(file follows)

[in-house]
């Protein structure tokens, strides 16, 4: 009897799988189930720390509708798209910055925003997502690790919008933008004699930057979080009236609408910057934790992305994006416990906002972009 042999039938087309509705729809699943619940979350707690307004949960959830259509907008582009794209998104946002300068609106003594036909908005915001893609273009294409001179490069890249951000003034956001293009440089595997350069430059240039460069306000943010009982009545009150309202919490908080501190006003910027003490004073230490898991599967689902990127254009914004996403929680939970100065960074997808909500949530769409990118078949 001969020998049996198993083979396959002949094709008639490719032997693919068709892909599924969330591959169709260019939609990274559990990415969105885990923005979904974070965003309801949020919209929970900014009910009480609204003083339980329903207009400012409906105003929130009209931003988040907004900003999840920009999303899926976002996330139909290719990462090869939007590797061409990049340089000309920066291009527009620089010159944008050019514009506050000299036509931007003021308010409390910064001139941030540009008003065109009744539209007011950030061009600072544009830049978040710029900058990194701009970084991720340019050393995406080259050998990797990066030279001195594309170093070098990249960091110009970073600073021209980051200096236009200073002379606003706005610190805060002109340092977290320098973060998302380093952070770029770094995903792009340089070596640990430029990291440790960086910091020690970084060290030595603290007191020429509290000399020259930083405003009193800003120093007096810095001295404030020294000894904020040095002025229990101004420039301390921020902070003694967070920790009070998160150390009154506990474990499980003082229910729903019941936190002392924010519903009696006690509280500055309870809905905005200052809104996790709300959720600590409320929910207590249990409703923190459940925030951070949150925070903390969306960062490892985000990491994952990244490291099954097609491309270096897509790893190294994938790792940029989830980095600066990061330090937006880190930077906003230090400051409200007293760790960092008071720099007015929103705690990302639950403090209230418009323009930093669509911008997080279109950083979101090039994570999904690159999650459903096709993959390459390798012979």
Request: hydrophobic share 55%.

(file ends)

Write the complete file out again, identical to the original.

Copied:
[in-house]
């Protein structure tokens, strides 16, 4: 009897799988189930720390509708798209910055925003997502690790919008933008004699930057979080009236609408910057934790992305994006416990906002972009 042999039938087309509705729809699943619940979350707690307004949960959830259509907008582009794209998104946002300068609106003594036909908005915001893609273009294409001179490069890249951000003034956001293009440089595997350069430059240039460069306000943010009982009545009150309202919490908080501190006003910027003490004073230490898991599967689902990127254009914004996403929680939970100065960074997808909500949530769409990118078949 001969020998049996198993083979396959002949094709008639490719032997693919068709892909599924969330591959169709260019939609990274559990990415969105885990923005979904974070965003309801949020919209929970900014009910009480609204003083339980329903207009400012409906105003929130009209931003988040907004900003999840920009999303899926976002996330139909290719990462090869939007590797061409990049340089000309920066291009527009620089010159944008050019514009506050000299036509931007003021308010409390910064001139941030540009008003065109009744539209007011950030061009600072544009830049978040710029900058990194701009970084991720340019050393995406080259050998990797990066030279001195594309170093070098990249960091110009970073600073021209980051200096236009200073002379606003706005610190805060002109340092977290320098973060998302380093952070770029770094995903792009340089070596640990430029990291440790960086910091020690970084060290030595603290007191020429509290000399020259930083405003009193800003120093007096810095001295404030020294000894904020040095002025229990101004420039301390921020902070003694967070920790009070998160150390009154506990474990499980003082229910729903019941936190002392924010519903009696006690509280500055309870809905905005200052809104996790709300959720600590409320929910207590249990409703923190459940925030951070949150925070903390969306960062490892985000990491994952990244490291099954097609491309270096897509790893190294994938790792940029989830980095600066990061330090937006880190930077906003230090400051409200007293760790960092008071720099007015929103705690990302639950403090209230418009323009930093669509911008997080279109950083979101090039994570999904690159999650459903096709993959390459390798012979």
Request: hydrophobic share 55%.